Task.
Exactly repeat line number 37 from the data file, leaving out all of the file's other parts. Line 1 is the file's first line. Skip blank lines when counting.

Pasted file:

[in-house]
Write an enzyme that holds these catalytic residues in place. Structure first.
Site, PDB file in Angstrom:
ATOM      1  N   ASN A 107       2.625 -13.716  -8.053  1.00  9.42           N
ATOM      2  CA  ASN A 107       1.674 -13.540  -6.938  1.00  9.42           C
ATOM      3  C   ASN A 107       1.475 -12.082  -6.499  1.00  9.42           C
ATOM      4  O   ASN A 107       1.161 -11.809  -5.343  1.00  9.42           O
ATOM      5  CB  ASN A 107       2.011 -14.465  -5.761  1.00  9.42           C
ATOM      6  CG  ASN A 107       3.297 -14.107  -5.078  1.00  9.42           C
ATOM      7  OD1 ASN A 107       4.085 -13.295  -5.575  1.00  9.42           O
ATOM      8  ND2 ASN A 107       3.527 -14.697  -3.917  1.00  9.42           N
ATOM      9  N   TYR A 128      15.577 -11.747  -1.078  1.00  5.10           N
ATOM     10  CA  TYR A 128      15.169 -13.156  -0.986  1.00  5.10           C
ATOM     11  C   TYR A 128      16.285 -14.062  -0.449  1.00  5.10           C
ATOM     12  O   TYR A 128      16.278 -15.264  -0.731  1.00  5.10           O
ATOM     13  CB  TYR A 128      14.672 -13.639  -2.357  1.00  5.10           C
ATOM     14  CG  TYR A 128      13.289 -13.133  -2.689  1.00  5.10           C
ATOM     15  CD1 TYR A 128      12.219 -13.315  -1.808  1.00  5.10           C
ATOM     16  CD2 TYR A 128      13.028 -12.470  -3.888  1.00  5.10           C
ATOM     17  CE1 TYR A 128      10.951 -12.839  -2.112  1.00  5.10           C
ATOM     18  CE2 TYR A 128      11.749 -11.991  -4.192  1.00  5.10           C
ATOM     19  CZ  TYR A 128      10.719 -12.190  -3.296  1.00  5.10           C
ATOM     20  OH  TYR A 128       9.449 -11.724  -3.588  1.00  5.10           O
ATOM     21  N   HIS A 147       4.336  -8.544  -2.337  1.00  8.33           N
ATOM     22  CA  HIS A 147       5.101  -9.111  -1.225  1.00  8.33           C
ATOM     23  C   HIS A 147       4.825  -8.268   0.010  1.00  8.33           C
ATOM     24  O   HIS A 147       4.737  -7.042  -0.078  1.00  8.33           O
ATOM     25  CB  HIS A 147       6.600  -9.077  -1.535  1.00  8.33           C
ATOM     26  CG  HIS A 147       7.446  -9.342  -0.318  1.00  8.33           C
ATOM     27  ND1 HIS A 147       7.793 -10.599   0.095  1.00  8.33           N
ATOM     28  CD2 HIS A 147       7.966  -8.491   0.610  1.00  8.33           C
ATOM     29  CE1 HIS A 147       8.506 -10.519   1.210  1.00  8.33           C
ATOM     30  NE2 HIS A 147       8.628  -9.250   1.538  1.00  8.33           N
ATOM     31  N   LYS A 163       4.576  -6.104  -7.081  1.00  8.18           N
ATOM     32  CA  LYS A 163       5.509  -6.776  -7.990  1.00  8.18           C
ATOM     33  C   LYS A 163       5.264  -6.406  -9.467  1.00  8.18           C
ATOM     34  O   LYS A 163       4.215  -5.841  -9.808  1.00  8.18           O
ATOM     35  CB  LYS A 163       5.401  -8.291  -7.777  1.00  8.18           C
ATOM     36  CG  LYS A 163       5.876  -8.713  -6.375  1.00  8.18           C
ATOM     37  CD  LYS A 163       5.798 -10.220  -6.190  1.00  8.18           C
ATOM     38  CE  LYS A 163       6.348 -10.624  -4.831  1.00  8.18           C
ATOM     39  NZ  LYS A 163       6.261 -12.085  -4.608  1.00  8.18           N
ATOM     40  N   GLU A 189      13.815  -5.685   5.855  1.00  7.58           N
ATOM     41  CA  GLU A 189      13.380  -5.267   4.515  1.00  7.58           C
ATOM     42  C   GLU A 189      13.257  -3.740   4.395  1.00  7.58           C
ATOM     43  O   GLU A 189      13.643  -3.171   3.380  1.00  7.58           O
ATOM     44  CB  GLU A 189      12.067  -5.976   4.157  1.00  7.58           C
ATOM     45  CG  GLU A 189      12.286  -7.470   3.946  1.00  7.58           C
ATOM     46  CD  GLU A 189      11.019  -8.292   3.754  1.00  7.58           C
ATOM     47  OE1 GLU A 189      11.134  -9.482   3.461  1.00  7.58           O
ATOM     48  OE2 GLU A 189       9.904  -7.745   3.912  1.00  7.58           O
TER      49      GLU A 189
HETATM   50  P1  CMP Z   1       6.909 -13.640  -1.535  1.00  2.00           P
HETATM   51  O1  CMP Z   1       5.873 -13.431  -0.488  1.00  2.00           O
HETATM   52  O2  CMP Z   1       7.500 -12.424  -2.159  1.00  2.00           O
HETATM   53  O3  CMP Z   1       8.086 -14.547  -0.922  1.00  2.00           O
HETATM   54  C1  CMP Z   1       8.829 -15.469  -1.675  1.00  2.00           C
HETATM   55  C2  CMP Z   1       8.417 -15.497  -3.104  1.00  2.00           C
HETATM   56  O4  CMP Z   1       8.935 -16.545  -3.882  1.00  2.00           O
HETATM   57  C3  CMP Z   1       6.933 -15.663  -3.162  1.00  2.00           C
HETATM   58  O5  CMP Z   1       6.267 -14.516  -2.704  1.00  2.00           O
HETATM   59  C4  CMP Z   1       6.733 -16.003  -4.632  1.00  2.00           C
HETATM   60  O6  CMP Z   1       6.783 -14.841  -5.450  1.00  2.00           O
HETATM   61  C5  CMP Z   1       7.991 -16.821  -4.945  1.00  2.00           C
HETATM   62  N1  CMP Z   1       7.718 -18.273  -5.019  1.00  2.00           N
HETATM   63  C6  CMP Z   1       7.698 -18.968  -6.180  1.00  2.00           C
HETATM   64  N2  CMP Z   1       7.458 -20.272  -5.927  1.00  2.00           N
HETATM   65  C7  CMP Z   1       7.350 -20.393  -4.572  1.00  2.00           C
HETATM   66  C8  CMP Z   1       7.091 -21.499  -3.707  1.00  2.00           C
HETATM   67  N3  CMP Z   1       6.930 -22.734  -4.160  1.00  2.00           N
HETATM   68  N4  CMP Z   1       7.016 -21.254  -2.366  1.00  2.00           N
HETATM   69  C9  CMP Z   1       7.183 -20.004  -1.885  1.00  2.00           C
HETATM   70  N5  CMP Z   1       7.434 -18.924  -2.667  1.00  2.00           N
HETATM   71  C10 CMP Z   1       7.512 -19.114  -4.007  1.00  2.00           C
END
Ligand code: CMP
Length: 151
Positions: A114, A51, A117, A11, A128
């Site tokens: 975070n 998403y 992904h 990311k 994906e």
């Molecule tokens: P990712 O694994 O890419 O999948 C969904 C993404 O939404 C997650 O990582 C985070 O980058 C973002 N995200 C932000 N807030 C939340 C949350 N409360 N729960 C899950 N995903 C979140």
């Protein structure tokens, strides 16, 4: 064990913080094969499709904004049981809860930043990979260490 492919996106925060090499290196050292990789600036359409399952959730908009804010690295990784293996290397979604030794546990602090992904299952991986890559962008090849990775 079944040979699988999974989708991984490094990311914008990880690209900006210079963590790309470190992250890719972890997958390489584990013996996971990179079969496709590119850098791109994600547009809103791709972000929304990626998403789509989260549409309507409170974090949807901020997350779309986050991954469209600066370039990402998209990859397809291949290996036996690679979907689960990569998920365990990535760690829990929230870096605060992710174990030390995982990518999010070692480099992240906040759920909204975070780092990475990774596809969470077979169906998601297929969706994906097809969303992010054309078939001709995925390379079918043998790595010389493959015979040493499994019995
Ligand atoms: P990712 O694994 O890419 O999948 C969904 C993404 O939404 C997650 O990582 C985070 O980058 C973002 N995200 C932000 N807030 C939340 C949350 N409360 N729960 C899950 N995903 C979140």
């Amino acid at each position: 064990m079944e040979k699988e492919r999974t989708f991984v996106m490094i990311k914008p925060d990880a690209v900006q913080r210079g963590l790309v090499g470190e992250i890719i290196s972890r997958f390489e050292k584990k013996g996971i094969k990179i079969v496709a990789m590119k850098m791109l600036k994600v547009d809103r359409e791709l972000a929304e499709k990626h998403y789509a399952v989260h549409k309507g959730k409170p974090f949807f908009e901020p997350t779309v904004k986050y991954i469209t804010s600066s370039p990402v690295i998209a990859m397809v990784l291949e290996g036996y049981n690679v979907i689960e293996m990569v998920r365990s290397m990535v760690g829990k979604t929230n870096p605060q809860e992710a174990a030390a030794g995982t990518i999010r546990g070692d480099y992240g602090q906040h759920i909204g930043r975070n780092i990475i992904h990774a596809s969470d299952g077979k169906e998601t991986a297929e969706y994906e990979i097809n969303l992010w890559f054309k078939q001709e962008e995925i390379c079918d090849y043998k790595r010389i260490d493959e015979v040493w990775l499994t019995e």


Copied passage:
ATOM     34  O   LYS A 163       4.215  -5.841  -9.808  1.00  8.18           O